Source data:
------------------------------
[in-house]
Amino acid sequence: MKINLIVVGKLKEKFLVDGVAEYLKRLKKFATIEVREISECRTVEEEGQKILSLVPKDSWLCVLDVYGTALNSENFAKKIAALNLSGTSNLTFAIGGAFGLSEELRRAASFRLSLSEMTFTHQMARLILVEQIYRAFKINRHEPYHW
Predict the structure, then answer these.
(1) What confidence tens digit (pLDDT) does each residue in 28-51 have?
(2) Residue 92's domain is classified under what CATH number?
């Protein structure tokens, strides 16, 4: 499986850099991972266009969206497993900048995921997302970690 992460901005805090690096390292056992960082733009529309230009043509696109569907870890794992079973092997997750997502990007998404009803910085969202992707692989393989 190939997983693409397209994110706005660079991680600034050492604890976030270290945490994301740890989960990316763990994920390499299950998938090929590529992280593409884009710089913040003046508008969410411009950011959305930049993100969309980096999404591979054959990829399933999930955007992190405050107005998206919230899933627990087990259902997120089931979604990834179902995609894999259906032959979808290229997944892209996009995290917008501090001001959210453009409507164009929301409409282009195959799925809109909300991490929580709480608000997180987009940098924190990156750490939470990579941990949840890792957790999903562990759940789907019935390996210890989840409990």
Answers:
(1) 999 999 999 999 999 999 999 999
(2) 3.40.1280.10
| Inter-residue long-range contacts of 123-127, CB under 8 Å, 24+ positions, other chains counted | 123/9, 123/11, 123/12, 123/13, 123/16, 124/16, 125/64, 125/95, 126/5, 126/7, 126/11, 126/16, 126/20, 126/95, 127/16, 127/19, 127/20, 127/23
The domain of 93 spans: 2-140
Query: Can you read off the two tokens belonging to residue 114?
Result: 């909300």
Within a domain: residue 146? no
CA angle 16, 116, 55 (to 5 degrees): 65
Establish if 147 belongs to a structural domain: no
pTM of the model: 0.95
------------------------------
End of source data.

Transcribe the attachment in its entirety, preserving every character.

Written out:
[in-house]
Amino acid sequence: MKINLIVVGKLKEKFLVDGVAEYLKRLKKFATIEVREISECRTVEEEGQKILSLVPKDSWLCVLDVYGTALNSENFAKKIAALNLSGTSNLTFAIGGAFGLSEELRRAASFRLSLSEMTFTHQMARLILVEQIYRAFKINRHEPYHW
Predict the structure, then answer these.
(1) What confidence tens digit (pLDDT) does each residue in 28-51 have?
(2) Residue 92's domain is classified under what CATH number?
């Protein structure tokens, strides 16, 4: 499986850099991972266009969206497993900048995921997302970690 992460901005805090690096390292056992960082733009529309230009043509696109569907870890794992079973092997997750997502990007998404009803910085969202992707692989393989 190939997983693409397209994110706005660079991680600034050492604890976030270290945490994301740890989960990316763990994920390499299950998938090929590529992280593409884009710089913040003046508008969410411009950011959305930049993100969309980096999404591979054959990829399933999930955007992190405050107005998206919230899933627990087990259902997120089931979604990834179902995609894999259906032959979808290229997944892209996009995290917008501090001001959210453009409507164009929301409409282009195959799925809109909300991490929580709480608000997180987009940098924190990156750490939470990579941990949840890792957790999903562990759940789907019935390996210890989840409990």
Answers:
(1) 999 999 999 999 999 999 999 999
(2) 3.40.1280.10
| Inter-residue long-range contacts of 123-127, CB under 8 Å, 24+ positions, other chains counted | 123/9, 123/11, 123/12, 123/13, 123/16, 124/16, 125/64, 125/95, 126/5, 126/7, 126/11, 126/16, 126/20, 126/95, 127/16, 127/19, 127/20, 127/23
The domain of 93 spans: 2-140
Query: Can you read off the two tokens belonging to residue 114?
Result: 């909300």
Within a domain: residue 146? no
CA angle 16, 116, 55 (to 5 degrees): 65
Establish if 147 belongs to a structural domain: no
pTM of the model: 0.95